Estonia's first major exhibition of ancient Egyptian art to open at Kumu ({{contentCtrl.commentsTotal}})

Sarcophagus.
Sarcophagus. Source: Museo Egizio

Two hundred objects of ancient Egyptian art will go in display at Kumu art gallery next month in what will be the first major exhibition of ancient Egyptian art in Estonia.

"Egypt of Glory: Art from the Nile Valley" will open on October 10 and will feature sarcophagi, mummies, amulets, tombstones and sculptures

The seven sub-themes of the exhibition help to tell the story of the pharaohs' lives and the belief in eternal life, to show how people, animals and gods were depicted in different ways and for different reasons, and to reveal the nature of hieroglyphs as both an art form and applied art.

Curator Paolo Marini said the exhibition provides an opportunity to look at the world through the eyes of ancient Egyptians. 

"Through the beautiful objects on display, it is possible to understand how the Egyptians of that time interpreted reality, what the lush landscape of the Nile areas looked like to them and what their perception of the other side was. We know all this thanks to the unique heritage of ancient Egypt," Marini said.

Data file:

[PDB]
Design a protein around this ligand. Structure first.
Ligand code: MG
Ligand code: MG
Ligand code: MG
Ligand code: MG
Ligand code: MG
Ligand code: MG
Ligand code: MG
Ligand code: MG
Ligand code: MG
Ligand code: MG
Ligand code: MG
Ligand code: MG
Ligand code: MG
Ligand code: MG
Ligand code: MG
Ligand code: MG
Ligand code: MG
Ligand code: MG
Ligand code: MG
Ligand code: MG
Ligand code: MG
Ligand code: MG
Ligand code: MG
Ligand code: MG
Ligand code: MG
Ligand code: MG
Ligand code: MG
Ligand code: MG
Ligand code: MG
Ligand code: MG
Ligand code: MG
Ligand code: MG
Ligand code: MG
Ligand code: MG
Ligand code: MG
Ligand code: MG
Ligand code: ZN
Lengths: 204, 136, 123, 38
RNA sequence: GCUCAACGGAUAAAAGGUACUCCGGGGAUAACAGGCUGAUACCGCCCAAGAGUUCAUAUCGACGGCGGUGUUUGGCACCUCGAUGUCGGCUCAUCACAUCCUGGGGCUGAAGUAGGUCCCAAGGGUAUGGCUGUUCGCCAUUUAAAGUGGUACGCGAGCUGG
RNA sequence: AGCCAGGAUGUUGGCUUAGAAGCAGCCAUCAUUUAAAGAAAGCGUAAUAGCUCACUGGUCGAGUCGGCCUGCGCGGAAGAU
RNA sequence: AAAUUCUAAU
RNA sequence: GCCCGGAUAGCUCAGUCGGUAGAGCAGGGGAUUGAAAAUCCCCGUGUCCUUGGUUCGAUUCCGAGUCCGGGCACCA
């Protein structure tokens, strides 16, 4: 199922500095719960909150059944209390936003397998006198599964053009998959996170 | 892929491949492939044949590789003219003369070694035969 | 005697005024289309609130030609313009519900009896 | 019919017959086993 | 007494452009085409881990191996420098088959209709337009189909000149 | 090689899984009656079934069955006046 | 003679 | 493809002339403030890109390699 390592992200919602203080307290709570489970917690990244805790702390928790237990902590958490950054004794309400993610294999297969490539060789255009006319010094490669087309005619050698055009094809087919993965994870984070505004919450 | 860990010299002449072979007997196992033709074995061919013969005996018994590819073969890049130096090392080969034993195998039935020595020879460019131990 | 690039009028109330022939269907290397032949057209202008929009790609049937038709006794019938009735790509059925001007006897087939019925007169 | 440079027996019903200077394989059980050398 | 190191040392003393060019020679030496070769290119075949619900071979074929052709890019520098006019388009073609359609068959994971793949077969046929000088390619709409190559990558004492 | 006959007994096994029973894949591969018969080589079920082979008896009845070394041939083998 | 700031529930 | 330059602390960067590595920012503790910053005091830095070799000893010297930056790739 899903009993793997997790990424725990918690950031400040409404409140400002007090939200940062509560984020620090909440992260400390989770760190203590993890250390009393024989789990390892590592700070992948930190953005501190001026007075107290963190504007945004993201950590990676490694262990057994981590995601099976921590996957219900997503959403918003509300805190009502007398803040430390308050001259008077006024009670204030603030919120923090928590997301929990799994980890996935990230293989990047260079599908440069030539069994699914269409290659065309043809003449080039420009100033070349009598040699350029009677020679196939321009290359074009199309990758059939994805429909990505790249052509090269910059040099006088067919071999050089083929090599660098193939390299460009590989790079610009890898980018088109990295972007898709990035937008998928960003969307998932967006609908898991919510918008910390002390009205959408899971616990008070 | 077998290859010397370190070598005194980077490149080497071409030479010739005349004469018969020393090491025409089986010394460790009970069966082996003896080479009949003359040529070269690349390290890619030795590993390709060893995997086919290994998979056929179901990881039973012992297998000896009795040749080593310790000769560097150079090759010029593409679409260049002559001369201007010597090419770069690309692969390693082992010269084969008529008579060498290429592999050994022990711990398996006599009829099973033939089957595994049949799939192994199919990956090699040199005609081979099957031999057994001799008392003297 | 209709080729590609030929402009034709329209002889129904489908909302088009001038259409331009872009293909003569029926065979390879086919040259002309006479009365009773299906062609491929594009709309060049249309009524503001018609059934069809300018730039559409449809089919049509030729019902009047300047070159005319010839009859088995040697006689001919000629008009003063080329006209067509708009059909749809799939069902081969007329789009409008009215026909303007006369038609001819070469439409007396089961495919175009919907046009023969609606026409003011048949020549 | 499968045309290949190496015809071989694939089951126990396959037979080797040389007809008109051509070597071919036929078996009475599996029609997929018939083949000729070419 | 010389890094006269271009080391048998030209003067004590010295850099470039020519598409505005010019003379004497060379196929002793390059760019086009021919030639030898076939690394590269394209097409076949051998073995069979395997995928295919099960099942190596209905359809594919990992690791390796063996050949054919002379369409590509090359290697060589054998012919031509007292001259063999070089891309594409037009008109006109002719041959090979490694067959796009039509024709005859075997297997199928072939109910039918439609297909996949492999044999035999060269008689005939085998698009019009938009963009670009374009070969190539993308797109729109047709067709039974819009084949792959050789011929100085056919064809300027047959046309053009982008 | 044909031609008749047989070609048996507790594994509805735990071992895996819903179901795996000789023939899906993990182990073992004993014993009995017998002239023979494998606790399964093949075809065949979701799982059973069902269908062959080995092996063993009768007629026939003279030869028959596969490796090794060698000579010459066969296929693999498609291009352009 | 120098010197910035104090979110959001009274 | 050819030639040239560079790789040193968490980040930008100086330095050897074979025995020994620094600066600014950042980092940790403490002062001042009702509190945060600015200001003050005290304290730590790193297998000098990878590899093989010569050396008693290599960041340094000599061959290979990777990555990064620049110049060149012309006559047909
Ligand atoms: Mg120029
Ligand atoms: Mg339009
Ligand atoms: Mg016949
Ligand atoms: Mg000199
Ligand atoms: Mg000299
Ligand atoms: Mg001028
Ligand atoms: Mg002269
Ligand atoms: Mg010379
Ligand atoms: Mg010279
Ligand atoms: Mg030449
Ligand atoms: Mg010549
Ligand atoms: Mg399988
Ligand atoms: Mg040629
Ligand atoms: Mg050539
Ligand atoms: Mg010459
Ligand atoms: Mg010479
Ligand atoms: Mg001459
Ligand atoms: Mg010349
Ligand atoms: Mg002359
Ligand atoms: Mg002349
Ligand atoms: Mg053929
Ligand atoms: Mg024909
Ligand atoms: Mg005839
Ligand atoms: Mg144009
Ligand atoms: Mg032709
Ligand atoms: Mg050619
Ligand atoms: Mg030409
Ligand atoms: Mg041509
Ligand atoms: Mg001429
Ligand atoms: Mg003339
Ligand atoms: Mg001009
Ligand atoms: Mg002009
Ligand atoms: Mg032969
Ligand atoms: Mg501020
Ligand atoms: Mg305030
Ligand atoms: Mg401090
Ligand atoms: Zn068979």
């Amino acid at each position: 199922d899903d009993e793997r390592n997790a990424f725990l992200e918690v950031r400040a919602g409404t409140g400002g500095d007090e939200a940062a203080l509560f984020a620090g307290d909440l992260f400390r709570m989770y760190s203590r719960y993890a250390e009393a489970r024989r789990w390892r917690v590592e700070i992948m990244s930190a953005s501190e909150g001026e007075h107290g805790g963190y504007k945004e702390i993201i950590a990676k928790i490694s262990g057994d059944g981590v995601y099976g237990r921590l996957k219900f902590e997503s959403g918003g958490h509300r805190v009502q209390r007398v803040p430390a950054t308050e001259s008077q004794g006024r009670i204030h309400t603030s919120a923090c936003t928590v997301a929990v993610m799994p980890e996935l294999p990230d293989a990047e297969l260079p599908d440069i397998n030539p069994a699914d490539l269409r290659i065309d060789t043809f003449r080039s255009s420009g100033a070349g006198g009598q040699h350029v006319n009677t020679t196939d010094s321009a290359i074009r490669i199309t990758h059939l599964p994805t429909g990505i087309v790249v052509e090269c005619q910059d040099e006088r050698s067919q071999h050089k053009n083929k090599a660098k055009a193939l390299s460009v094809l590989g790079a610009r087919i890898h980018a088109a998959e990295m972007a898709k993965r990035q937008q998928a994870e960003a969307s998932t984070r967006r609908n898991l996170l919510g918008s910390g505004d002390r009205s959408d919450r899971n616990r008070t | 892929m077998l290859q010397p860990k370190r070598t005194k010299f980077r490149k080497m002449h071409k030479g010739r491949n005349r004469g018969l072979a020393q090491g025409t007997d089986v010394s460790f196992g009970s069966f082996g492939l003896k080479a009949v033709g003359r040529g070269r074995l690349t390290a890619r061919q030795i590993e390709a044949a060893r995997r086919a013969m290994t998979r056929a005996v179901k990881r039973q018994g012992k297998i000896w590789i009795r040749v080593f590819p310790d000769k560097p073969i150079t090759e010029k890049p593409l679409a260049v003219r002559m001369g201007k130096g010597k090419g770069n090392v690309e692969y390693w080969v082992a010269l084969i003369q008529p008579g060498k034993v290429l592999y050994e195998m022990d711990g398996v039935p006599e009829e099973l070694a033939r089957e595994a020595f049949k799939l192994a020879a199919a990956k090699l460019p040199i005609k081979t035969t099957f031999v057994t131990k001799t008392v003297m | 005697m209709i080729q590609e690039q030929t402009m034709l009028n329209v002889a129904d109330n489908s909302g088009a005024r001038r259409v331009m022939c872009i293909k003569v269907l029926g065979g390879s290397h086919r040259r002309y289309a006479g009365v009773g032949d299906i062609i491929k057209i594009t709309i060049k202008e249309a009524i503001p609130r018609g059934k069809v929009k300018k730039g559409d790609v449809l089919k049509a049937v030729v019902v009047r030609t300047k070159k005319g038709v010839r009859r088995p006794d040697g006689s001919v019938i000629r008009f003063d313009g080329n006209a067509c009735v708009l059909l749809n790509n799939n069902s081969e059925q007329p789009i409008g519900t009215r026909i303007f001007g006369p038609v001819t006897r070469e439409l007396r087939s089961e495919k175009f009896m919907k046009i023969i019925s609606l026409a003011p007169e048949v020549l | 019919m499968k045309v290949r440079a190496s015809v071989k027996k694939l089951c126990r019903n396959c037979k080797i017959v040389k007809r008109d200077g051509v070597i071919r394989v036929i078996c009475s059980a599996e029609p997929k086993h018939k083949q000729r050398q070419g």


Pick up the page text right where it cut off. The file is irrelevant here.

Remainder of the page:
The exhibition also provides an idea of the connections between Estonians and ancient Egypt, and explores the fascination with 19th-century Egypt, which also brought Egyptian antiquities to Estonian museum collections.

"One would think that ancient Egypt would be far from Estonia in terms of both time and space, but here, too, we were well acquainted with what was happening in Europe at the beginning of the 19th century," explained Jaanika Anderson, co-author of the exhibition.  "Here, too, an attempt was made to collect antiquities from this mysterious and little-known culture."

Alongside Kumu's exhibition, a similar exhibition seen at the Amos Rex Art Museum in Helsinki. 

Egypt of Glory: Art from the Nile Valley will be at the Kumu Art Museum, from October 10, 2020 to March 21, 2021.

Egypt of Glory: The Last Powerful Dynasties at the Amos Rex Art Museum in Helsinki, from October 9, 2020 to March 21, 2021.

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Editor: Helen Wright

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